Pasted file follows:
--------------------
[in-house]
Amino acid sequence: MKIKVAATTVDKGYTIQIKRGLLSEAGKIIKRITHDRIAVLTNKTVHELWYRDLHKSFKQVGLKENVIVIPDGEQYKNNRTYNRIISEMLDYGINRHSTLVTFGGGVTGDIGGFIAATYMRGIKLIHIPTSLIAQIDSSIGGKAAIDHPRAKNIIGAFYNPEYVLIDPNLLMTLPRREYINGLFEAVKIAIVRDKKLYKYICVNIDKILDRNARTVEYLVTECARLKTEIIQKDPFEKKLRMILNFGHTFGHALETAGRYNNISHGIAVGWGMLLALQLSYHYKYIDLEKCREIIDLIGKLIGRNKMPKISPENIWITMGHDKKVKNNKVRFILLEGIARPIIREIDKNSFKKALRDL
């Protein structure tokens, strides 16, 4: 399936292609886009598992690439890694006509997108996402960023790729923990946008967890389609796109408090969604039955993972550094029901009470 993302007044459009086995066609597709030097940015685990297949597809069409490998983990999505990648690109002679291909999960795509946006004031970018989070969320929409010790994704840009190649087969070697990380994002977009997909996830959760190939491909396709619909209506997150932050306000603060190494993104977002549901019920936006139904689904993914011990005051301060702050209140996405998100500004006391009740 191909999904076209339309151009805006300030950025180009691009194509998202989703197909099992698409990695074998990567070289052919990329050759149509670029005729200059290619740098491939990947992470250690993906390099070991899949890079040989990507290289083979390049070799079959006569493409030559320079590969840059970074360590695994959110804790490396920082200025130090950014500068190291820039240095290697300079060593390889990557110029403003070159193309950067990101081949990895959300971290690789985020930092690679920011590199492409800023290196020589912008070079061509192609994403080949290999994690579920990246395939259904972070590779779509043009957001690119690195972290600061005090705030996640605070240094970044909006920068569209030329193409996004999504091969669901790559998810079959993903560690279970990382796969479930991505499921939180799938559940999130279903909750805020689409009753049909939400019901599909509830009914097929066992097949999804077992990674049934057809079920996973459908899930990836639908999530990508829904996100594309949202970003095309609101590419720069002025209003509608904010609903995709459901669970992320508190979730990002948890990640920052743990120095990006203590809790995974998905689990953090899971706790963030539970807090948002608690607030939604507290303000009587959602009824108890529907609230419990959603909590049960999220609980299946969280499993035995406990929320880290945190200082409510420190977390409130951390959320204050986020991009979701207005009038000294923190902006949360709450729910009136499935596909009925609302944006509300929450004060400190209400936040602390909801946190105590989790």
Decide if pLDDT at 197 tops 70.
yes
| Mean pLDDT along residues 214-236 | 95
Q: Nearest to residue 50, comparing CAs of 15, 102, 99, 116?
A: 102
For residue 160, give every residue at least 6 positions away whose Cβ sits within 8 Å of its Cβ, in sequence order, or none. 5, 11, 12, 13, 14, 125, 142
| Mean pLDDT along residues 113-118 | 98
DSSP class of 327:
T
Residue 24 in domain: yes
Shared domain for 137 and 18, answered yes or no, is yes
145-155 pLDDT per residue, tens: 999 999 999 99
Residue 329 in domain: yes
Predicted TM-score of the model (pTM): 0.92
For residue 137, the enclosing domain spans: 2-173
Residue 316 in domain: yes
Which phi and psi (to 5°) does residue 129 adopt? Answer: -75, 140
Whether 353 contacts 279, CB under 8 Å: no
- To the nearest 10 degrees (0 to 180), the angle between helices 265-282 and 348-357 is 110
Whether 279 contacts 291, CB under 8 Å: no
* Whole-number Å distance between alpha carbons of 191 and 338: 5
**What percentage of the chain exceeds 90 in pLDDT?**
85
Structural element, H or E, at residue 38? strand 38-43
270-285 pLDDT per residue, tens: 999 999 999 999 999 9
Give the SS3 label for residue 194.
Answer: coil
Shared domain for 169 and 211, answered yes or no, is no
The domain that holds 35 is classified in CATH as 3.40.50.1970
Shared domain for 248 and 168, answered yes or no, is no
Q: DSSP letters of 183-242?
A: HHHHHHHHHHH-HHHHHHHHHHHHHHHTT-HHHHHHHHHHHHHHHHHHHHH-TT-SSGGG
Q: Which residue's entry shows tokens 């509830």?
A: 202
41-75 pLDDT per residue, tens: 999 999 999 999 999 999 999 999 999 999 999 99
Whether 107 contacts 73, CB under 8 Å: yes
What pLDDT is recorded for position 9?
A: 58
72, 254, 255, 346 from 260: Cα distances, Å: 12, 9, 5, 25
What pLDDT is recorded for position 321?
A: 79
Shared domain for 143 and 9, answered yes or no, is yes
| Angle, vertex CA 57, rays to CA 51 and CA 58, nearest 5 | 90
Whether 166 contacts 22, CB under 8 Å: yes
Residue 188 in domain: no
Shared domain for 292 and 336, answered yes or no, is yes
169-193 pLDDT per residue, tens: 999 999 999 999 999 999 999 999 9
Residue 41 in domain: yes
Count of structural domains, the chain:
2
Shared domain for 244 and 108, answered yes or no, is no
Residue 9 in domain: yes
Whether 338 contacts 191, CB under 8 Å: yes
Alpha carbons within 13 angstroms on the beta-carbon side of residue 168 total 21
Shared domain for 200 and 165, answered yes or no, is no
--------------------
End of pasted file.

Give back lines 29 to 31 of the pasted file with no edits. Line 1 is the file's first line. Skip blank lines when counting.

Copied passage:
Give the SS3 label for residue 194.
Answer: coil
Shared domain for 169 and 211, answered yes or no, is no